Your mother always told you that getting enough sleep every night is key to staying healthy. You may not have taken it seriously, but as it turns out, she was right!
In a letter recently published in JAMA Internal Medicine, scientists confirm that a good night's sleep may keep colds and other infections at bay. They found that those who slept five or fewer hours a night on average were 28% more likely to catch a cold, compared to those who slept for seven to eight hours a night on average.
Short sleepers were also 80% more likely to catch other infections, including the flu, ear infections and pneumonia, compared to those who got regular shuteye. Read on for more.
Study finds a connection between short sleep and a higher risk of infections
The study was led by Aric Prather, an assistant professor of psychology at the University of California in the United States. In a past study, Prather exposed people to a cold
virus and found that there was a link between sleep
duration and the risk of getting a cold
, so he wanted to see if real-world data would support these findings in a new study.
Prather and his team used data from the large US National Health and Nutriton Examination surveys (NHANES) from 2005 to 2012. They looked at records of nearly 23,000 men and women with an average age of 46. The participants reported sleep duration, if they had sleep disorders or problems, and whether or not they’d had a cold or other infection such as the flu, ear infection or pneumonia in the previous month.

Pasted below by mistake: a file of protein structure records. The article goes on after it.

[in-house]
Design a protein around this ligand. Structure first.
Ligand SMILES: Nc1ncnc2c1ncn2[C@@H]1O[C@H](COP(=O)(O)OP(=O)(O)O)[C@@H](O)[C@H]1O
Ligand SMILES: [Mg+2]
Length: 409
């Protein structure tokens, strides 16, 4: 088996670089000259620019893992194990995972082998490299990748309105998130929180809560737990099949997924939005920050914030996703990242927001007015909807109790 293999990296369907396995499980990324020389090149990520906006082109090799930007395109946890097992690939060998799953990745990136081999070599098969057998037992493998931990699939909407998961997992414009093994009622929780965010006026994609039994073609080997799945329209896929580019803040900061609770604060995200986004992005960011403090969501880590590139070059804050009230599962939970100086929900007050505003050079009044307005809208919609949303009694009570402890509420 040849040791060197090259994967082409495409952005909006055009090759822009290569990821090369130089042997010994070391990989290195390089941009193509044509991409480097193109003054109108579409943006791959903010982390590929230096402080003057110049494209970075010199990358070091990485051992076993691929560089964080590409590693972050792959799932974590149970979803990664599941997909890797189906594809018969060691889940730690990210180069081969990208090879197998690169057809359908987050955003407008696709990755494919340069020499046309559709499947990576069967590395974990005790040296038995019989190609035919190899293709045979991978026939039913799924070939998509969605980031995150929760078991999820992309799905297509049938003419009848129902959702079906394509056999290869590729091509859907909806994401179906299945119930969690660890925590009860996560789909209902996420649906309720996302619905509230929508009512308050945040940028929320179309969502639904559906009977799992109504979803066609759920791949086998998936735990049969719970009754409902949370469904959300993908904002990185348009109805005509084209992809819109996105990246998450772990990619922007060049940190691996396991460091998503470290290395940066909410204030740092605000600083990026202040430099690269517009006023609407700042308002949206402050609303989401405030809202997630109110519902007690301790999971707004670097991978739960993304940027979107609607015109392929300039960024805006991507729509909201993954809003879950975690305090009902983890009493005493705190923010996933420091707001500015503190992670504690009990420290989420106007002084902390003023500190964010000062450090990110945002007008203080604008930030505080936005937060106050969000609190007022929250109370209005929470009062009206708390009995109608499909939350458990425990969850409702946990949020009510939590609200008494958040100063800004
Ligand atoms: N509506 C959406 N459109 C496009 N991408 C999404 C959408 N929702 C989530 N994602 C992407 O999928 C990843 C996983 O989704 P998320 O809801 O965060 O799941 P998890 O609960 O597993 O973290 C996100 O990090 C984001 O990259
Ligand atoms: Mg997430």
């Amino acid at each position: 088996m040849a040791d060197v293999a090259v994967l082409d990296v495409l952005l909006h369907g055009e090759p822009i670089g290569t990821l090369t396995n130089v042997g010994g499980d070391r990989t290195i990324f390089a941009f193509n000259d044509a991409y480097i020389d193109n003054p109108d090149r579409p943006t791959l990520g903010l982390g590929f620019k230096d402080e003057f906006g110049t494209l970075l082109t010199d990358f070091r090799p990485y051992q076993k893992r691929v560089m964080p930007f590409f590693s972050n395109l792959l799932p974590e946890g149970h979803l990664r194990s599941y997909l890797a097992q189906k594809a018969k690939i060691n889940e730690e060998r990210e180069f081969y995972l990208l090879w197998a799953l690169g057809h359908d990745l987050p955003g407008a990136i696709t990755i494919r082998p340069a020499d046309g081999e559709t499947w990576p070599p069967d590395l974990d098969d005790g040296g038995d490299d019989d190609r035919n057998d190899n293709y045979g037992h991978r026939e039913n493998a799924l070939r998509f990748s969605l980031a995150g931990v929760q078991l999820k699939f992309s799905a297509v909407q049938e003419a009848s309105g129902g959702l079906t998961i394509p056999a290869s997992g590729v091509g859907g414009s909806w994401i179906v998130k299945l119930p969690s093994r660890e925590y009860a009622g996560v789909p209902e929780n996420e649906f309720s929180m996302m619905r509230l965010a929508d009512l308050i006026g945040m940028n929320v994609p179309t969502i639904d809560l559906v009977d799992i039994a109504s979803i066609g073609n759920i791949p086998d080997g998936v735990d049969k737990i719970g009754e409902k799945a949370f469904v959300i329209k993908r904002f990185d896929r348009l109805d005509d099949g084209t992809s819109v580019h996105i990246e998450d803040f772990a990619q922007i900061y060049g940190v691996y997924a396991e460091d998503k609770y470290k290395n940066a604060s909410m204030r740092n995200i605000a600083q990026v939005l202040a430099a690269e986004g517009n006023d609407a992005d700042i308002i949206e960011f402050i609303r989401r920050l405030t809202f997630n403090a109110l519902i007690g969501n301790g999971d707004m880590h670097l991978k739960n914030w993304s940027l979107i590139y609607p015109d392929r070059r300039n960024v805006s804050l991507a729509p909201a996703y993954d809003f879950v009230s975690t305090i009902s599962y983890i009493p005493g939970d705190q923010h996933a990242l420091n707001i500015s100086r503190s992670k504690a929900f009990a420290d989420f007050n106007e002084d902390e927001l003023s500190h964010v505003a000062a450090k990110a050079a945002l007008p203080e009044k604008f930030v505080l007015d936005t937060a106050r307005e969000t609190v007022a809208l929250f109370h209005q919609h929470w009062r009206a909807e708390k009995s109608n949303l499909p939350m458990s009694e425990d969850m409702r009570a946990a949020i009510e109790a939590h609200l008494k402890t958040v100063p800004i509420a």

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The team found that participants who slept five or fewer hours a night on average had a 28% higher risk of catching a cold and an 80% higher risk of contracting another type of infection in the previous month, compared to those who slept seven to eight hours on average.
They also found that those with sleep disorders or who’d told their doctors that they have sleep troubles had a 30% higher risk of a cold and a 50% higher risk of another type of infection in the previous month.
The findings suggest that sleep may alter immune function in some way
While the study wasn’t designed to prove a cause-and-effect relationship, its findings suggest that sleep may alter immune function in some way and that it maintains a strong immune system
If you have trouble sleeping, Prather assures that you can become a better sleeper. His top tips include getting up at the same time every day, making sure your bedroom is cool, quiet and dark, and having a wind-down period before going to bed.
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